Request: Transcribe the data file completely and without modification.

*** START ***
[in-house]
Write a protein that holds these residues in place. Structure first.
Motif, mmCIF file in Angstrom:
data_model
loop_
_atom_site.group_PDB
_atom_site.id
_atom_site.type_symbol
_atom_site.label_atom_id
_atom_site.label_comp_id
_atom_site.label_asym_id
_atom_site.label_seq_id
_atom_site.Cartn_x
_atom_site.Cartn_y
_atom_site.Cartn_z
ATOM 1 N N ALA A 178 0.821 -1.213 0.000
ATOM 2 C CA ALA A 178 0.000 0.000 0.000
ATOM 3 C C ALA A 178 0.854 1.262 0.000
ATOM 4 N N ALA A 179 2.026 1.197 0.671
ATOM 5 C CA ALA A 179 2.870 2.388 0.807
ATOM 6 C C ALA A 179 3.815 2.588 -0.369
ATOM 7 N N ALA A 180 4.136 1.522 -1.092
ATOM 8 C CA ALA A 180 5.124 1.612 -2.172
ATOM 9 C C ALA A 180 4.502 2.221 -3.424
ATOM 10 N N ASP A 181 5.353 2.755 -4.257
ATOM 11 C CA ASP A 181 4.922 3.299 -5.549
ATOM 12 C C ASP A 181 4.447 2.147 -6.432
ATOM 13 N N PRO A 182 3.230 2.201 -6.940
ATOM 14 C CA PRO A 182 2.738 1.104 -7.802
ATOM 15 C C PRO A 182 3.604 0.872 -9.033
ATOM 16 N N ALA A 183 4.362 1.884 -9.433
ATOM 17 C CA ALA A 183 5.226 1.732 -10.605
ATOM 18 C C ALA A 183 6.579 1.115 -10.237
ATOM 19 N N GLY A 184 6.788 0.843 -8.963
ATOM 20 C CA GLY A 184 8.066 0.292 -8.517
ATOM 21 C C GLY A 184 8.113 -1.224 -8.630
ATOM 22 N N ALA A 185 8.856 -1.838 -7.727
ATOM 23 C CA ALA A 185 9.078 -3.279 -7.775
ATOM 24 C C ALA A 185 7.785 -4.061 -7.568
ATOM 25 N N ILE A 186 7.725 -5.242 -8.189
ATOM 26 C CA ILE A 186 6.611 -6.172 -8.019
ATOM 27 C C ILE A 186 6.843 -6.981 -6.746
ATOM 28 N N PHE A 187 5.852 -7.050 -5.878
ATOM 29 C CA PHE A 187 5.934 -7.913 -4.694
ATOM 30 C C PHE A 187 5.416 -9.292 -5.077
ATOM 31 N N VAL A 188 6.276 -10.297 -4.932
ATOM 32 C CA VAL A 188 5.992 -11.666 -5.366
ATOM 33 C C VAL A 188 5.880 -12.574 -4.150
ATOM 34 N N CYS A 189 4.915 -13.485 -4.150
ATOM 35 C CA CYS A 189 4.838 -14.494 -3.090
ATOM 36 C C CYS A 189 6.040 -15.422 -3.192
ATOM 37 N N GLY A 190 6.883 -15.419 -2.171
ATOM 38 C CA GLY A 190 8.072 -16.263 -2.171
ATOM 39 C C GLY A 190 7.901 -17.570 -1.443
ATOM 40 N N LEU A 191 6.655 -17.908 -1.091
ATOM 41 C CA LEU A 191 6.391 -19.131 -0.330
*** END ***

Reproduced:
[in-house]
Write a protein that holds these residues in place. Structure first.
Motif, mmCIF file in Angstrom:
data_model
loop_
_atom_site.group_PDB
_atom_site.id
_atom_site.type_symbol
_atom_site.label_atom_id
_atom_site.label_comp_id
_atom_site.label_asym_id
_atom_site.label_seq_id
_atom_site.Cartn_x
_atom_site.Cartn_y
_atom_site.Cartn_z
ATOM 1 N N ALA A 178 0.821 -1.213 0.000
ATOM 2 C CA ALA A 178 0.000 0.000 0.000
ATOM 3 C C ALA A 178 0.854 1.262 0.000
ATOM 4 N N ALA A 179 2.026 1.197 0.671
ATOM 5 C CA ALA A 179 2.870 2.388 0.807
ATOM 6 C C ALA A 179 3.815 2.588 -0.369
ATOM 7 N N ALA A 180 4.136 1.522 -1.092
ATOM 8 C CA ALA A 180 5.124 1.612 -2.172
ATOM 9 C C ALA A 180 4.502 2.221 -3.424
ATOM 10 N N ASP A 181 5.353 2.755 -4.257
ATOM 11 C CA ASP A 181 4.922 3.299 -5.549
ATOM 12 C C ASP A 181 4.447 2.147 -6.432
ATOM 13 N N PRO A 182 3.230 2.201 -6.940
ATOM 14 C CA PRO A 182 2.738 1.104 -7.802
ATOM 15 C C PRO A 182 3.604 0.872 -9.033
ATOM 16 N N ALA A 183 4.362 1.884 -9.433
ATOM 17 C CA ALA A 183 5.226 1.732 -10.605
ATOM 18 C C ALA A 183 6.579 1.115 -10.237
ATOM 19 N N GLY A 184 6.788 0.843 -8.963
ATOM 20 C CA GLY A 184 8.066 0.292 -8.517
ATOM 21 C C GLY A 184 8.113 -1.224 -8.630
ATOM 22 N N ALA A 185 8.856 -1.838 -7.727
ATOM 23 C CA ALA A 185 9.078 -3.279 -7.775
ATOM 24 C C ALA A 185 7.785 -4.061 -7.568
ATOM 25 N N ILE A 186 7.725 -5.242 -8.189
ATOM 26 C CA ILE A 186 6.611 -6.172 -8.019
ATOM 27 C C ILE A 186 6.843 -6.981 -6.746
ATOM 28 N N PHE A 187 5.852 -7.050 -5.878
ATOM 29 C CA PHE A 187 5.934 -7.913 -4.694
ATOM 30 C C PHE A 187 5.416 -9.292 -5.077
ATOM 31 N N VAL A 188 6.276 -10.297 -4.932
ATOM 32 C CA VAL A 188 5.992 -11.666 -5.366
ATOM 33 C C VAL A 188 5.880 -12.574 -4.150
ATOM 34 N N CYS A 189 4.915 -13.485 -4.150
ATOM 35 C CA CYS A 189 4.838 -14.494 -3.090
ATOM 36 C C CYS A 189 6.040 -15.422 -3.192
ATOM 37 N N GLY A 190 6.883 -15.419 -2.171
ATOM 38 C CA GLY A 190 8.072 -16.263 -2.171
ATOM 39 C C GLY A 190 7.901 -17.570 -1.443
ATOM 40 N N LEU A 191 6.655 -17.908 -1.091
ATOM 41 C CA LEU A 191 6.391 -19.131 -0.330